Riding around NYC today in the back of an Uber, I spent a few minutes thinking about my first summer internship. Here’s what I wish people had told me:

1. Be on time. Every damn day, to damn everything. No matter how important you think your time is, it’s less important than the person waiting on you. Seriously, experiment with your chosen transportation a few days before to make sure you know how long it will take. No one cares about the traffic jam you didn’t anticipate.

2. Do what you say, say what you do. Don’t be false or unreliable, or hide your mistakes. You have no track record, so your word is your value. Don’t diminish it before it can accrue value. And, for goodness sake, don’t become the collateral damage of an office politics spat.

3. Do your homework. Do your homework on the organization, on the staff, on the competition, and on the address of the office and your transportation options (see #1). Once there, keep doing homework: read everything you can find, including what’s on the shelves of the people you one day want to be.

4. Overdress for the first day. You can always dress down on subsequent days. But, never dress down so much that your higher-ups can’t just bring you along to an event at the spur of the moment.

5. Squeeze in time to get to know people. Follow them to the elevator, go out of your way and walk them to their bus stop, give blood next to them (seriously, I got my first real job this way), whatever it takes as long as you aren’t clingy, to make sure that your professional development is done in their found moments.

6. Be grateful. There a handful of mentees who consistently write me thank you emails — and even fewer who hand write and snail mail notes — and I will go out of my way to include them in anything I think might be of interest or create opportunity for them. It takes fifteen seconds, and creates a lifetime of good impressions.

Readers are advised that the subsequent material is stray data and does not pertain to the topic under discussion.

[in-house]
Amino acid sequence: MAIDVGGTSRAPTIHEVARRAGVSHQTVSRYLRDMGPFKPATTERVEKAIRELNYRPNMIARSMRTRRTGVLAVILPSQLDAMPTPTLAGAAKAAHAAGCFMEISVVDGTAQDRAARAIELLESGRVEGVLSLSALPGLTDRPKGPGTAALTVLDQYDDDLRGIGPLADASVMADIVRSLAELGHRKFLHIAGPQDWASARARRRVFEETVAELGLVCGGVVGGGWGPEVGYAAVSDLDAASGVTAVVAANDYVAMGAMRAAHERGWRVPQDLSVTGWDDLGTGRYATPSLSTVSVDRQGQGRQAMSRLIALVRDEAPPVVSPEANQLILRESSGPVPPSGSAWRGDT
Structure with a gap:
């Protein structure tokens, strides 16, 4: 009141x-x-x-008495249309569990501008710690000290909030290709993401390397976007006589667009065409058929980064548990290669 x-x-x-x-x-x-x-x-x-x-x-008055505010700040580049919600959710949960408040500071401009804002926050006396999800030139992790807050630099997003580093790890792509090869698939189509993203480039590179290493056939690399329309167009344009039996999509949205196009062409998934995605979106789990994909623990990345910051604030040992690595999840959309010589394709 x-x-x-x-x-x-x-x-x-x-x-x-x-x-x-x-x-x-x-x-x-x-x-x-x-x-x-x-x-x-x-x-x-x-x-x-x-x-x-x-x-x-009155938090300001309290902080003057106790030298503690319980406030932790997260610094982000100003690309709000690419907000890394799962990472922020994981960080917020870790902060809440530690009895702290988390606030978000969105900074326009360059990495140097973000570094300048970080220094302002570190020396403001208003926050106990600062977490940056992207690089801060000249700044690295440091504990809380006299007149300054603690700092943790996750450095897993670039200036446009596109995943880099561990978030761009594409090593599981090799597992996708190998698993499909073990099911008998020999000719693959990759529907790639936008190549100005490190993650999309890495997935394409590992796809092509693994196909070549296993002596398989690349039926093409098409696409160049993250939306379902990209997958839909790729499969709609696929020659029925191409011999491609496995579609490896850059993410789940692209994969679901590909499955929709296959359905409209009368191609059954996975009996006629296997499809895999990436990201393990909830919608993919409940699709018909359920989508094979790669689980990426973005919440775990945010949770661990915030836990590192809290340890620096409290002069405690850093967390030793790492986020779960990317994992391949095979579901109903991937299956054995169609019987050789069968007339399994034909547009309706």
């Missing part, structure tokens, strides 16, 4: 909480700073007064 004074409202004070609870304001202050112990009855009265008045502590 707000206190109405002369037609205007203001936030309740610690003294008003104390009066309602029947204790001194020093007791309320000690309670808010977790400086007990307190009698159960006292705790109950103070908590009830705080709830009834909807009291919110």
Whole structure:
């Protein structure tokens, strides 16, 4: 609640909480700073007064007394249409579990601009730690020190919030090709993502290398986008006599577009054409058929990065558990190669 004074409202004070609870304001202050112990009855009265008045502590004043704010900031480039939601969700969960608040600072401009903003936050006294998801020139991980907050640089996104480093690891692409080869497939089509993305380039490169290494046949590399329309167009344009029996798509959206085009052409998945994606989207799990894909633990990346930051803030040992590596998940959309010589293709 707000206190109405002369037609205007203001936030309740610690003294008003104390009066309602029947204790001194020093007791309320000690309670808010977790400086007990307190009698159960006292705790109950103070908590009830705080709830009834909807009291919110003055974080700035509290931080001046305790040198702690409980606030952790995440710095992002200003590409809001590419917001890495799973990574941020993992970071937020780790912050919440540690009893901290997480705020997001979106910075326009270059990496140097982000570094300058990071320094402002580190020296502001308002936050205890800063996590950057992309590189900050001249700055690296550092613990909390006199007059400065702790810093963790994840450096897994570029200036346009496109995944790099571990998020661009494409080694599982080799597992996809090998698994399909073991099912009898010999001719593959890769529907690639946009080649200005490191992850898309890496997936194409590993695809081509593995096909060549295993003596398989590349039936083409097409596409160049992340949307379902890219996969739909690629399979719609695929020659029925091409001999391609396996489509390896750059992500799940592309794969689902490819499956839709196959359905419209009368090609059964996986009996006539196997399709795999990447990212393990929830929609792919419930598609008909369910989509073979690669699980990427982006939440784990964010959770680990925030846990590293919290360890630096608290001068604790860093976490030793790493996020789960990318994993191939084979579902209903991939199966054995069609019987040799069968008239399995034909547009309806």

7. Make it easy. If there are issues that you care about, want to learn about, want exposure to, and you see peers or higher-ups active or attending related events, go talk to them and ask if you can ever tag along. They’ll likely say yes. And if they say no, they’ll likely look for some other way to help. The one thing they won’t do is sprout ESP and know that you are interested unless you say something.

8. Listen more than you talk. The internship is not your chance to impress everyone by showing off how much you know; it’s your chance to impress everyone by learning everything you can. And, that includes learning how to use the coffee maker.

9. Ask for help. Don’t feel like you have to know how to do everything. Everyone was new once. Showing your vulnerability is better than making stupid mistakes. Learn what to do, but also why things are done a certain way so you can apply that knowledge to the next responsibility handed to you.

10. Eat the world. Go to networking events, go to speaker series lunches, go to happy hour (but watch the alcohol and the alcohol-fueled social media posts), be surprised by what makes your co-workers tick, attend a ball game, volunteer, fall asleep at the opera. Get your work done, but take this summer when you have no other obligations — trust me, mortgages, children, aging parents, death and taxes — and eat the world for breakfast.